Taken in isolation, England had a good third day in the fourth and final Test match at The Oval on Saturday, taking seven wickets for 163 and scoring 78 for the loss of Marcus Trescothick by the close.
But such was the depth of the big hole they dug for themselves by their totally inept performances with bat and ball on the first two days that they barely loosened Pakistan's vice-like grip on the match.
Only the weather or a couple of big centuries appeared likely to save them from defeat, but at least they gave the 23,000 crowd something to cheer about.
The nagging worry about Thursday and Friday was that England's malaise might be something more permanent than just a couple of bad days at the office.
The awful bowling centred on the inability of a four-man attack to offer Andrew Strauss any control. Saturday's seven wickets in 48 overs only partly recovered lost ground, and surely cannot persuade the selectors to continue with the tactic, whether or not Andrew Flintoff is fit.
The first-innings batting was less culpable, because of the splendid bowling of Mohammad Asif, well supported by Umar Gul.
Strauss and the impressive Alastair Cook saw them off on Saturday in some style, rattling up 70 in 15 overs, albeit being helped by plenty of out-field gaps left by Inzamamul-Haq rightly posting a cordon of close catchers.
Rain and bad light took another 25 overs out of the day after three stoppages, but the bonus from the interruptions was that Steve Harmison was able to bowl 15 overs unchanged, helped by a couple of enforced rest periods in the dressing-room.
His in-and-out form is a mystery, not made any easier to solve by him being handicaped by a sore left side.
It can't be the dreaded intercostal injury which has kept Liam Plunkett out of the game for six weeks.
It is physically impossible to bowl with that, but Harmison said that he feels it only in the first two overs of a spell and he will have a scan later this week.
His first-innings speed-gun readings were rarely above 85mph but he consistently racked up 90mph on Saturday.
Not only that but he ran in with purpose and generated a uthentic bounce and movement.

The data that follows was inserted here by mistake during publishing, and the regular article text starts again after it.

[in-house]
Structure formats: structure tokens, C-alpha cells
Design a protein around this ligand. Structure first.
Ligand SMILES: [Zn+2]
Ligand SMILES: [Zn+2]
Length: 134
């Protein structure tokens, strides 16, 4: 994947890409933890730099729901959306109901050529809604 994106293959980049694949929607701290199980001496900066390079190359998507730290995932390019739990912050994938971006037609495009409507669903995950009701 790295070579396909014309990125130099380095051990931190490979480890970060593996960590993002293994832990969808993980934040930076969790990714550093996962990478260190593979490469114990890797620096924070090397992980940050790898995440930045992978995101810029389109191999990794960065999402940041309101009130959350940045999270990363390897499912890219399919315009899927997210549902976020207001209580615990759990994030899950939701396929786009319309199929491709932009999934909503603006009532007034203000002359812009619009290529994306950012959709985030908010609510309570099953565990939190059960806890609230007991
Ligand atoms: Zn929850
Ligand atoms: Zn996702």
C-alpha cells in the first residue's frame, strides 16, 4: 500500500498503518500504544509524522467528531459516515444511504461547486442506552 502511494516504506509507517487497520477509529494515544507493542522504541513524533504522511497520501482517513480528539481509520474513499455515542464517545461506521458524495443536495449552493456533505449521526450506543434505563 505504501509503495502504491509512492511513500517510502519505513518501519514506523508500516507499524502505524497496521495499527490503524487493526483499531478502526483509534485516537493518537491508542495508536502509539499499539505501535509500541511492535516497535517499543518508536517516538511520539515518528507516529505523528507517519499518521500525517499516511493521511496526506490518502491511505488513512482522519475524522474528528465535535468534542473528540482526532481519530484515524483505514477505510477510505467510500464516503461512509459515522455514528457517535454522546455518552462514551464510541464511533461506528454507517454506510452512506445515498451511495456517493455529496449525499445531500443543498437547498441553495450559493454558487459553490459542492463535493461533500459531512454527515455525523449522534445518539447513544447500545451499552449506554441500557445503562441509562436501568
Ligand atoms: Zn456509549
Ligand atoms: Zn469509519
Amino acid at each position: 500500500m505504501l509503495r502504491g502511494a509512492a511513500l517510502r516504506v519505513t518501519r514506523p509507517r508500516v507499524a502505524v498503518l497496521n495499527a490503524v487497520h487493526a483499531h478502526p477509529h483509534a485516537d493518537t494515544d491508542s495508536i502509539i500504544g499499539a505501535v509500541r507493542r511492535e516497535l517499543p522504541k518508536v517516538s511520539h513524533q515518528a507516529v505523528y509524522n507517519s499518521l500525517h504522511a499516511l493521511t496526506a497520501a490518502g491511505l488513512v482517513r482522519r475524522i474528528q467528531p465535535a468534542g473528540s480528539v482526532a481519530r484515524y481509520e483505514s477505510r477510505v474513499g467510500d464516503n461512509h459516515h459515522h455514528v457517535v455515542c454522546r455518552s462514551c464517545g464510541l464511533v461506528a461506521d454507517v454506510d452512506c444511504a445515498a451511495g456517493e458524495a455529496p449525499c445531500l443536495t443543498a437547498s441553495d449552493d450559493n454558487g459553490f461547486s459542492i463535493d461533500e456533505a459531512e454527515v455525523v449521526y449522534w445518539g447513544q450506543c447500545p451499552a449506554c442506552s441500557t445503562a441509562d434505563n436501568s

He was still short of consistency but his two returns on Friday and Saturday tell a story. On Friday, his analysis was 15-2-78-0 whereas, on Saturday, it was 15.5-5-47-4.
He cleaned up the last two tail-enders in three balls to add to the more prized wickets of Inzamam and Kamran Akmal, to slip catches by Strauss and Paul Collingwood.
Strauss's was straightforward, the ball flying quickly at a nice height off the bat handle, but his Durham colleague pulled off a low blinder to dismiss Akmal.
Mohammad Yousuf was another mystery man - he had played beautifully for his overnight 115 - but he could only scratch around in the shortened morning session for seven runs in 13 overs and 13 in 17 overs before he got a good one from Matthew Hoggard.
The Yorkshire bowler had promised supporters an improved England performance, saying "we need to bowl well with this second new ball, take a few early wickets and maybe keep their lead down to around 250. Even then, we shall have to bat well but it can be done."
He was on target when the score in mid-afternoon was 398 for six and the lead 225. A quick wrap would have done the England cause a power of good but Faisal Iqbal turned the tide with a masterly, fluent unbeaten 58. He shepherded the tail through to a final total of 504.
He was helped by useful contributions from Shahid Nazar, Gul and Danish Kane-ria in partnerships of 46, 31 and 29 for the seventh, eighth and ninth wickets respectively.
The first two batted well and properly, but Kaneria is an old-fashioned crowd-pleaser from whose bat the ball occasionally ends up between 90 and 180 degrees from his intended flight path.
Back came Harmison and he bounced him out, as well as Mohammad Asif two balls later. Asif is an utter rabbit and it is no surprise that his fifth successive dismissal for a duck equalled a world record in Test cricket with Bob Holland (Australia) and Ajit Agarkar (India). Pakistan started the fourth day heavy odds-on favourites to win. Then came chaos.